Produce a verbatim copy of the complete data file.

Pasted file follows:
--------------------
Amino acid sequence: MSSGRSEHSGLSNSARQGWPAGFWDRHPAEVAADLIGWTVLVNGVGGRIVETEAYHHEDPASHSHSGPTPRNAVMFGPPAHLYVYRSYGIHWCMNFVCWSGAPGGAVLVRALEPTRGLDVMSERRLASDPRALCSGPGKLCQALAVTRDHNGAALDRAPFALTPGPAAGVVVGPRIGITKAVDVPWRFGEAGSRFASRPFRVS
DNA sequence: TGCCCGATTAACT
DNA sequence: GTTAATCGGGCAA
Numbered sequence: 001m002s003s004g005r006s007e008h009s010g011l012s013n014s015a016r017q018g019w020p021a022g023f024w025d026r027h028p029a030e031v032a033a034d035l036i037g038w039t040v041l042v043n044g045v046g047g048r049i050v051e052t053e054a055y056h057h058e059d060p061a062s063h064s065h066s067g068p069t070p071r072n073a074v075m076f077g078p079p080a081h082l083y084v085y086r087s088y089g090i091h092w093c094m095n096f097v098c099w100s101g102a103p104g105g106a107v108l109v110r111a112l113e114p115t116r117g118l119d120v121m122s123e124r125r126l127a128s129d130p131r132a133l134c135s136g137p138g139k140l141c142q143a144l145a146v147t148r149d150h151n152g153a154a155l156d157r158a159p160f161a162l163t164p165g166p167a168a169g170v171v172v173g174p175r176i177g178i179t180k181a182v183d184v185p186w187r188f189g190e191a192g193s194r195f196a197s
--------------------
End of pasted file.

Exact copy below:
Amino acid sequence: MSSGRSEHSGLSNSARQGWPAGFWDRHPAEVAADLIGWTVLVNGVGGRIVETEAYHHEDPASHSHSGPTPRNAVMFGPPAHLYVYRSYGIHWCMNFVCWSGAPGGAVLVRALEPTRGLDVMSERRLASDPRALCSGPGKLCQALAVTRDHNGAALDRAPFALTPGPAAGVVVGPRIGITKAVDVPWRFGEAGSRFASRPFRVS
DNA sequence: TGCCCGATTAACT
DNA sequence: GTTAATCGGGCAA
Numbered sequence: 001m002s003s004g005r006s007e008h009s010g011l012s013n014s015a016r017q018g019w020p021a022g023f024w025d026r027h028p029a030e031v032a033a034d035l036i037g038w039t040v041l042v043n044g045v046g047g048r049i050v051e052t053e054a055y056h057h058e059d060p061a062s063h064s065h066s067g068p069t070p071r072n073a074v075m076f077g078p079p080a081h082l083y084v085y086r087s088y089g090i091h092w093c094m095n096f097v098c099w100s101g102a103p104g105g106a107v108l109v110r111a112l113e114p115t116r117g118l119d120v121m122s123e124r125r126l127a128s129d130p131r132a133l134c135s136g137p138g139k140l141c142q143a144l145a146v147t148r149d150h151n152g153a154a155l156d157r158a159p160f161a162l163t164p165g166p167a168a169g170v171v172v173g174p175r176i177g178i179t180k181a182v183d184v185p186w187r188f189g190e191a192g193s194r195f196a197s